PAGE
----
The line-up of authors for this year’s Salisbury Literary Festival, from Friday, October 18 to Sunday 20, includes international best-selling author Jung Chang.
For the third festival, organisers promise a rich line-up of local, national and international authors, and events for readers and writers, adults and children.
The festival starts with an event in association with Salisbury’s Walking Book Group and local crime author Nicola Ford – leading an Avebury walk around some of the sites that inspired her fiction.
On Friday evening, the festival welcomes Jung Chang to Salisbury Cathedral. Chang’s first book, Wild Swans, is one of the UK’s biggest-selling non-fiction books of all time. Translated in more than 40 languages, her books have sold in excess of 15 million copies outside Mainland China, where her writing remains banned. Her long-awaited new biography, Big Sister, Little Sister, Red Sister, is published on the day before the festival.
Saturday is the festival’s readers’ day, with a mixture of events at venues in the city.
Salisbury native and award-winning author and playwright Barney Norris talks about his latest book, The Vanishing Hours. He is the co-founder of the touring theatre company Up in Arms. He wrote Turning For Home, and the Times bestseller Five Rivers Met On A Wooded Plain.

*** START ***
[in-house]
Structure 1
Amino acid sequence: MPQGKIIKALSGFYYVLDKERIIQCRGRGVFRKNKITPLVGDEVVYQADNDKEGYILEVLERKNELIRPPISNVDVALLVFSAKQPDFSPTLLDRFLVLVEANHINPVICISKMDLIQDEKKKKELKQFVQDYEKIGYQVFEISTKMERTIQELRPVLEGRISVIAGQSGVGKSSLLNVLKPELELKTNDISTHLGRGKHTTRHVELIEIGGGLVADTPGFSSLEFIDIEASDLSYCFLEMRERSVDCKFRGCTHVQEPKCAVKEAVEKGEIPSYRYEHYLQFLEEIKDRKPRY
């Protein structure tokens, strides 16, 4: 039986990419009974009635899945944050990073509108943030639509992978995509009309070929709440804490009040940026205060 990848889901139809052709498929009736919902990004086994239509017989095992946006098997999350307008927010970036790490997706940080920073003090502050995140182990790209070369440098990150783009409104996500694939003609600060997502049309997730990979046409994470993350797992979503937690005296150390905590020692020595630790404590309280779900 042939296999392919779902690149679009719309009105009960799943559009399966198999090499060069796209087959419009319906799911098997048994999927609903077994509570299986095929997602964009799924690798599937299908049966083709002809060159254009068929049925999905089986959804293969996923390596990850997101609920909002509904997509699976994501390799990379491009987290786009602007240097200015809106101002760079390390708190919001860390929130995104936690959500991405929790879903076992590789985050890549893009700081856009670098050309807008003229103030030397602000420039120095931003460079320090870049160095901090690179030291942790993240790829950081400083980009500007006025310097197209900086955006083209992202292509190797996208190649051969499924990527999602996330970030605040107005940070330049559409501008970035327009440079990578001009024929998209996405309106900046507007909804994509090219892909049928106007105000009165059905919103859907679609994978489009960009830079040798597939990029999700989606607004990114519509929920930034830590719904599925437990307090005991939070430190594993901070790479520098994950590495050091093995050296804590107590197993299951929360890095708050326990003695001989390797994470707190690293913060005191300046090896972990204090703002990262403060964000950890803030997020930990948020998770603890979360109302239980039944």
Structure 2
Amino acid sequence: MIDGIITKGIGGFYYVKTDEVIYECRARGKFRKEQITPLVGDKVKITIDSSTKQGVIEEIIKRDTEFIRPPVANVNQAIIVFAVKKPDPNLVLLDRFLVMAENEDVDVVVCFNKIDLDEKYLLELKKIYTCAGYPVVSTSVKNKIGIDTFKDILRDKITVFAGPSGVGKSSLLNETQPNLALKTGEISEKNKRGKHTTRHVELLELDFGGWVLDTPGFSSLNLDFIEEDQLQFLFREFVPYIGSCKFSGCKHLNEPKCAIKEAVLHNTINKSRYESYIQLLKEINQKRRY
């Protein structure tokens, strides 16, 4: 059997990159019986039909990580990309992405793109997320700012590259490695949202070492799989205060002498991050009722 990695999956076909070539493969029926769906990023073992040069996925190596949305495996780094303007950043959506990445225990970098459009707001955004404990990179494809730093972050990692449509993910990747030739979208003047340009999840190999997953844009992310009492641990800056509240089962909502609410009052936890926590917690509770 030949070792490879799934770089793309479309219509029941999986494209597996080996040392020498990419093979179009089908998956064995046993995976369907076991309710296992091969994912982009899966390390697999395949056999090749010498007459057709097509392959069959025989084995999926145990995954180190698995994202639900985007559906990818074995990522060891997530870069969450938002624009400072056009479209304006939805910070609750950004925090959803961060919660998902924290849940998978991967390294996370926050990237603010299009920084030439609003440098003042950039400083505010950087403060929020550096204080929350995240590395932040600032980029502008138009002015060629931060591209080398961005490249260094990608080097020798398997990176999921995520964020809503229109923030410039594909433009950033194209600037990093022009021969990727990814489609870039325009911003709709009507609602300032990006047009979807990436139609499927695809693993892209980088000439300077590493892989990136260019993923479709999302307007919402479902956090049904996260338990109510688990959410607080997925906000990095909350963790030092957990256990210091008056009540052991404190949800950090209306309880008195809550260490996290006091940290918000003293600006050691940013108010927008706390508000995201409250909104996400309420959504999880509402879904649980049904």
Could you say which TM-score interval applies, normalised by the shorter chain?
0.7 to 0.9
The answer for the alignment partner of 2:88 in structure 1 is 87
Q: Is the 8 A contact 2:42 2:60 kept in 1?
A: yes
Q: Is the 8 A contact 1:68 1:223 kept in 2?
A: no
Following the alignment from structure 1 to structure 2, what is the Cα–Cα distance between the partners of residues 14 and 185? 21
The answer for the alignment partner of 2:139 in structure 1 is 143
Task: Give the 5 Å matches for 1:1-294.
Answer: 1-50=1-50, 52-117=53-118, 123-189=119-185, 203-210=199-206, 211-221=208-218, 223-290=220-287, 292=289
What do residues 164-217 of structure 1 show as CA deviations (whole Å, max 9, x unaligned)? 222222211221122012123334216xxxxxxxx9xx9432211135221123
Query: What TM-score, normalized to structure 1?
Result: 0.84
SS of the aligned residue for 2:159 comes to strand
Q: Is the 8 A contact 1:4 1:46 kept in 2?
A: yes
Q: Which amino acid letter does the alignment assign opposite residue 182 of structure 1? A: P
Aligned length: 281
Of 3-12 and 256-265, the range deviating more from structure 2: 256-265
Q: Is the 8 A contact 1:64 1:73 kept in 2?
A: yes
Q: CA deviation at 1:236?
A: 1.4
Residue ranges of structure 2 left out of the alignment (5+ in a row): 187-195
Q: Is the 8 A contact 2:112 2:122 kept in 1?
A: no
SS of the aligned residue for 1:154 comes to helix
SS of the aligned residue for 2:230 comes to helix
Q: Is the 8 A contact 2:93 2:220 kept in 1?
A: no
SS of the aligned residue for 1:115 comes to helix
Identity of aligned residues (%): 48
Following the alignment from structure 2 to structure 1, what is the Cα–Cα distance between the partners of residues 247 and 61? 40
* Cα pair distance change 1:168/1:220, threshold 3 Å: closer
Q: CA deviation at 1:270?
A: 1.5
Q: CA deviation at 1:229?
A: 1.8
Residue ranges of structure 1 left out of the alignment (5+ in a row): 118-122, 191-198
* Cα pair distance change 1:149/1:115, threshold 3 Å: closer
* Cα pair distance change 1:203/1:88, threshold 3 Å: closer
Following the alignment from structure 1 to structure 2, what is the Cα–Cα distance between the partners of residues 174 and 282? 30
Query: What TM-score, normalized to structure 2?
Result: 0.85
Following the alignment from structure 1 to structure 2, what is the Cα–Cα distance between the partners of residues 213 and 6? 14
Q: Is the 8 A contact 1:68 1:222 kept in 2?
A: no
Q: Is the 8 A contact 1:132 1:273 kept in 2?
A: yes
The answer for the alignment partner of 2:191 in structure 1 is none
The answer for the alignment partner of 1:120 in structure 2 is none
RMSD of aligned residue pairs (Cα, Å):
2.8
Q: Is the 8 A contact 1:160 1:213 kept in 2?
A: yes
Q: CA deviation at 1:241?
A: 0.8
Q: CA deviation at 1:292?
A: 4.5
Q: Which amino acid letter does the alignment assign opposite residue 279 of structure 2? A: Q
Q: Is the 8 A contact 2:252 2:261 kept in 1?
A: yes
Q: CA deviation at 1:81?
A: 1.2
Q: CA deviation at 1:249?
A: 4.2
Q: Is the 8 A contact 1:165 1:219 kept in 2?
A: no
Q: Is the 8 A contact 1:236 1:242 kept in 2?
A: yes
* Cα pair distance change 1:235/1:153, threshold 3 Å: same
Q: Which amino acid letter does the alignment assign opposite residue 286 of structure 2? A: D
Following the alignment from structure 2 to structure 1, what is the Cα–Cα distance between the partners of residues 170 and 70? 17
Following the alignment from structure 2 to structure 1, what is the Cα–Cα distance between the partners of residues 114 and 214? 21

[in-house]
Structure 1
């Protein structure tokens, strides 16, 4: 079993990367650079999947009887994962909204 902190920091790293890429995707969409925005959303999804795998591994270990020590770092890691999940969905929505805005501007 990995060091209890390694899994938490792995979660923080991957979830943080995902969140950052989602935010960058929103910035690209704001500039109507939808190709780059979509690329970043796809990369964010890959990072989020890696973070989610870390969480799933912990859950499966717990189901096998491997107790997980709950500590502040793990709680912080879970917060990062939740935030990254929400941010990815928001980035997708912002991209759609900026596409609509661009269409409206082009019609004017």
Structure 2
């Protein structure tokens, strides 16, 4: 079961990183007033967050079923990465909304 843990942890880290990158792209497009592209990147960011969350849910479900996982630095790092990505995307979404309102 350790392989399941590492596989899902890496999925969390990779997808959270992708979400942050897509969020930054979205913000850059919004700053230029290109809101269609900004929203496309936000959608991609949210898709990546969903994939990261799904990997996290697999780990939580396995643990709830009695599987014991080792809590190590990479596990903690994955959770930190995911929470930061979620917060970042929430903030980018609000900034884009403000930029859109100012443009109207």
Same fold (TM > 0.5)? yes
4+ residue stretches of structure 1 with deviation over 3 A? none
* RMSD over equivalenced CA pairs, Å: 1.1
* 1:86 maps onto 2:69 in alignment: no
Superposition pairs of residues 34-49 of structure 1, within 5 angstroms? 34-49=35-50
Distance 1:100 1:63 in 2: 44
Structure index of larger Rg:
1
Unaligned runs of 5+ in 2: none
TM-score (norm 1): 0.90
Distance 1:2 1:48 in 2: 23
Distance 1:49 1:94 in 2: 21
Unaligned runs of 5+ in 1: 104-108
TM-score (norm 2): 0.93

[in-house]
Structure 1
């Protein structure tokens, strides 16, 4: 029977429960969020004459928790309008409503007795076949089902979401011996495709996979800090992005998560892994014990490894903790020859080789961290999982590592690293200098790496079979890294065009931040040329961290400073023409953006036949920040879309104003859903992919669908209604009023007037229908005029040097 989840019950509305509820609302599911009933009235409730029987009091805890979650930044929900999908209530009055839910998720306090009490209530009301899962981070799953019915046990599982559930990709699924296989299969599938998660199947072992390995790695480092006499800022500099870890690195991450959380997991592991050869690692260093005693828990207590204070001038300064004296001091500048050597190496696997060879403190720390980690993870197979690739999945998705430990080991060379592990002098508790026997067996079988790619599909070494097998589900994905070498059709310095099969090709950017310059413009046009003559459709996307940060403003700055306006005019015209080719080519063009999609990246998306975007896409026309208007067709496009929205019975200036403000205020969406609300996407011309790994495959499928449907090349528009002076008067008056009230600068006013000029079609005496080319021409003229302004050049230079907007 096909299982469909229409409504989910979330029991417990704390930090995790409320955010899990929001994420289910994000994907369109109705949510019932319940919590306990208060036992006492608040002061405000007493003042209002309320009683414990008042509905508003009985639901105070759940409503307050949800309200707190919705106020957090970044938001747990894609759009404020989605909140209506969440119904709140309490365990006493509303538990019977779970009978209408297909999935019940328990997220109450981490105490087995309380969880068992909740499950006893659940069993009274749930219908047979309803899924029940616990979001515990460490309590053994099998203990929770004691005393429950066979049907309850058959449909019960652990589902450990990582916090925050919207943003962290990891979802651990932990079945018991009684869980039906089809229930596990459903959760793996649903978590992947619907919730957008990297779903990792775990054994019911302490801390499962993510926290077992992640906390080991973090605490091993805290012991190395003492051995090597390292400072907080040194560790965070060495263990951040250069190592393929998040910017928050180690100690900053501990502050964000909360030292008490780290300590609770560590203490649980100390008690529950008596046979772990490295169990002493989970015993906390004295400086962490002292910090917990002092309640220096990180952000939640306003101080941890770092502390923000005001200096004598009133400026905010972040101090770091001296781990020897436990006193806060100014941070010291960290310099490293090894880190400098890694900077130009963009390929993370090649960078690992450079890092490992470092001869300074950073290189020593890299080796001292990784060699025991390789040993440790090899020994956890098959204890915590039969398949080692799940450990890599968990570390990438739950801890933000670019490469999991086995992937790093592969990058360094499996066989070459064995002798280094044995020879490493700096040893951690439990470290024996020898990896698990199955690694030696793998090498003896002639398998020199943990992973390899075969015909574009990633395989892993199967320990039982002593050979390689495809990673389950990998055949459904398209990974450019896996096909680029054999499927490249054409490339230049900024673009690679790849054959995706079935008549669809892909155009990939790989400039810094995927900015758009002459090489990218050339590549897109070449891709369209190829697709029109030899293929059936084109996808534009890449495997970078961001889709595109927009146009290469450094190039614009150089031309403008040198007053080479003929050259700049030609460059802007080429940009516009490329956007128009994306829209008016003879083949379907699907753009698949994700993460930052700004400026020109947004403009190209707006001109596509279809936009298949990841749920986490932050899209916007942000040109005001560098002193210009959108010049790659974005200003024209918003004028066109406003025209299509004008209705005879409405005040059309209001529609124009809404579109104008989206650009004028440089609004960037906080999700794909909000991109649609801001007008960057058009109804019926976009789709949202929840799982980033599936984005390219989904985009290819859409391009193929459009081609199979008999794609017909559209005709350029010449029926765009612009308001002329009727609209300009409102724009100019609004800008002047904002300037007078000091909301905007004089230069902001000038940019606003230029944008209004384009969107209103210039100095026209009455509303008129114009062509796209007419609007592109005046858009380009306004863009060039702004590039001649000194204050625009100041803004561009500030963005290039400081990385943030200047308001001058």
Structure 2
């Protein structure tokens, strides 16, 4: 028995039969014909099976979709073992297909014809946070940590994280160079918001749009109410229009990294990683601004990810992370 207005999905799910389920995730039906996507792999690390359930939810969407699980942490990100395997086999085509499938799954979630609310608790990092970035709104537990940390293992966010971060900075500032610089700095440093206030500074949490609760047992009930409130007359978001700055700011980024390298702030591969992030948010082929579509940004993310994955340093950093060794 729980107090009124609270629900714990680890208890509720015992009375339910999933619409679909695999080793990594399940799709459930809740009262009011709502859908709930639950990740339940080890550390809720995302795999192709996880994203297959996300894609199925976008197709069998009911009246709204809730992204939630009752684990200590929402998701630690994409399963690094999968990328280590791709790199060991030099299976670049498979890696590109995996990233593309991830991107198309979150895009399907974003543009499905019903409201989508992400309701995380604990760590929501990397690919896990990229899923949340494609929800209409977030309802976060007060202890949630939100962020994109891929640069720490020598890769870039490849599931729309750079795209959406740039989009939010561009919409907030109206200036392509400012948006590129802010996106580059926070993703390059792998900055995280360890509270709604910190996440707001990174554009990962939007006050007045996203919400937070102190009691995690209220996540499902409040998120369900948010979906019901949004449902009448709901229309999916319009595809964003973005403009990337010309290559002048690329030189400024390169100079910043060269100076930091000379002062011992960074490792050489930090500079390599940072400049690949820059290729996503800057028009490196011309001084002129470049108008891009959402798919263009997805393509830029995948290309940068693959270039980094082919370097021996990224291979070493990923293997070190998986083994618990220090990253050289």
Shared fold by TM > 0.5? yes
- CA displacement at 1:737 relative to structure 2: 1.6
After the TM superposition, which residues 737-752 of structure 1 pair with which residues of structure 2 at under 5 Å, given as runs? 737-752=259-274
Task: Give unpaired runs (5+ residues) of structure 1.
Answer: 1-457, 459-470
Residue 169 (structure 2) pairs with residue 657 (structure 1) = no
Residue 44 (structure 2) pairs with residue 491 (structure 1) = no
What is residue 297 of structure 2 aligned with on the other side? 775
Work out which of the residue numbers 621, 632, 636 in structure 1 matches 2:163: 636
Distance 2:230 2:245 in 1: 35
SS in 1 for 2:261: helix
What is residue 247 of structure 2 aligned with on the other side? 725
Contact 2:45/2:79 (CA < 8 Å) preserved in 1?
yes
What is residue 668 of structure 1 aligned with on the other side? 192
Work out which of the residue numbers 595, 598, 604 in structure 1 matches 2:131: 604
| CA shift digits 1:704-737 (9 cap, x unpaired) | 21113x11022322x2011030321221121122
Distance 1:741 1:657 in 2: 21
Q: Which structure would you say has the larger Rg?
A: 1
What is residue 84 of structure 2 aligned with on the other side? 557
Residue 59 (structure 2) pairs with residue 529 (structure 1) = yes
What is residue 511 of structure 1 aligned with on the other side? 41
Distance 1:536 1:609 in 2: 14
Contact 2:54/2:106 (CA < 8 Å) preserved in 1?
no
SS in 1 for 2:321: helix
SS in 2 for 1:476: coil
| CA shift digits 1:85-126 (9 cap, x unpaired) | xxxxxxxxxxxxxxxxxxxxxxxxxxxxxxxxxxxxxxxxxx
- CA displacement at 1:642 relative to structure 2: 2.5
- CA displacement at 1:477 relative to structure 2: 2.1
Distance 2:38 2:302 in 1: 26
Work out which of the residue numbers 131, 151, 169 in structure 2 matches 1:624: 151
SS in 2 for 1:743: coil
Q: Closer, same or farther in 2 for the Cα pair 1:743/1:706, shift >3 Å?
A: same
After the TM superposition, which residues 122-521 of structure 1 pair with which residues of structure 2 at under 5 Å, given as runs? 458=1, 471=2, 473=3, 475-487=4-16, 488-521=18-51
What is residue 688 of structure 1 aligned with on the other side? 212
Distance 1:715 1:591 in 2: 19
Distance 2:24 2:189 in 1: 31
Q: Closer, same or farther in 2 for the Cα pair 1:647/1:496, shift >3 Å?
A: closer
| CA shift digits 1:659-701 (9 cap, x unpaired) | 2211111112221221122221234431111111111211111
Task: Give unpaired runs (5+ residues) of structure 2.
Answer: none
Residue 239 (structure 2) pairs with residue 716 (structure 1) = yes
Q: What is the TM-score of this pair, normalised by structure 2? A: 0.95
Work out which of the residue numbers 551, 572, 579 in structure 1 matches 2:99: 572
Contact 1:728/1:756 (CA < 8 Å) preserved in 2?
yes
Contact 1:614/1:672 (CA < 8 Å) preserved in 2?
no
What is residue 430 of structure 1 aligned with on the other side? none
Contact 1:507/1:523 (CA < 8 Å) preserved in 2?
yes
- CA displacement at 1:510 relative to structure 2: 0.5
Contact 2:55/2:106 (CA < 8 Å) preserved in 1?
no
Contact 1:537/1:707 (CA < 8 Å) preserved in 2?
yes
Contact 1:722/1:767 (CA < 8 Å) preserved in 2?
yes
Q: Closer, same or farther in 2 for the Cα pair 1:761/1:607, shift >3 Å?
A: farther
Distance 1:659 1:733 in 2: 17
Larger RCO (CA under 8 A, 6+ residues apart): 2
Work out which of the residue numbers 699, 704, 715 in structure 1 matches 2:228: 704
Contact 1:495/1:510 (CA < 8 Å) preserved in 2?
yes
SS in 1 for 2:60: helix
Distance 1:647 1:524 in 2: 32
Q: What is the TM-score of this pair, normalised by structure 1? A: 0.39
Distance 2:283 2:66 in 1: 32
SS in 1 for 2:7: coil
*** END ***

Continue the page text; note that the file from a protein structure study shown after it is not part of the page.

Keggie Carew, winner of the Costa Prize for Biography, speaks about her autobiographical book, Quicksand Tales: The Misadventures of Keggie Carew.
For classic crime fans: Erin Kelly, Paul Burston and Alex Reeve. For stories a little more spooky: authors Laura Purcell and Michelle Paver.
Keith Stuart, author of the Richard and Judy bestseller, A Boy Made Out Of Blocks, talks alongside Richard Roper, whose debut novel has been compared to Gail Honeyman’s Eleanor Oliphant. Other authors include Emma Kennedy, Ayisha Malik and Rowan Hisayo Buchanan, and the day concludes with an event featuring short story writers Irenosen Okojie and Susmita Bhattacharya.
Writers’ Day at Sarum College returns on Sunday, October 20, with a full day of writing workshops by leading authors (Paul McVeigh, Susmita Bhattacharya and Yvonne Battle-Felton) as well as sessions on editing, publishing and submitting to literary agents.
The day also features bursary places, supported by the Professional Writing Academy, for writers on low incomes.
A programme of events for children is in schools, and on the Saturday, at Salisbury Library, featuring author and illustrator team Nathan Byron and Dapo Adeola, Julia Woolf, Julie Pike, Michelle Harrison and Kirsty Applebaum.
Celebrating Salisbury’s rich literary heritage are the ever-popular literary walks around the city: this year, the focus is around the Cathedral Close. The 2019 Salisbury Greats are Michael Gilbert and Edith Olivier: Gilbert was a Cathedral School teacher in the 1930s, before becoming one of the UK’s leading crime writers; Wilton-born Olivier was also a leading writer, mayoress and close friend of painter Rex Whistler.
The festival ends with The Next Chapter at the Chapel Nightclub on the Sunday with local authors reading from works in progress due to be published in the months and years ahead. Among them are authors Barney Norris, Tarn Richardson, Tariq Goddard, Mandy Baggot and Andy Maslen. All proceeds from the event go to this year’s festival charity, the Trussell Trust.
More information and tickets on the festival website, www.salisburyliteraryfestival.co.uk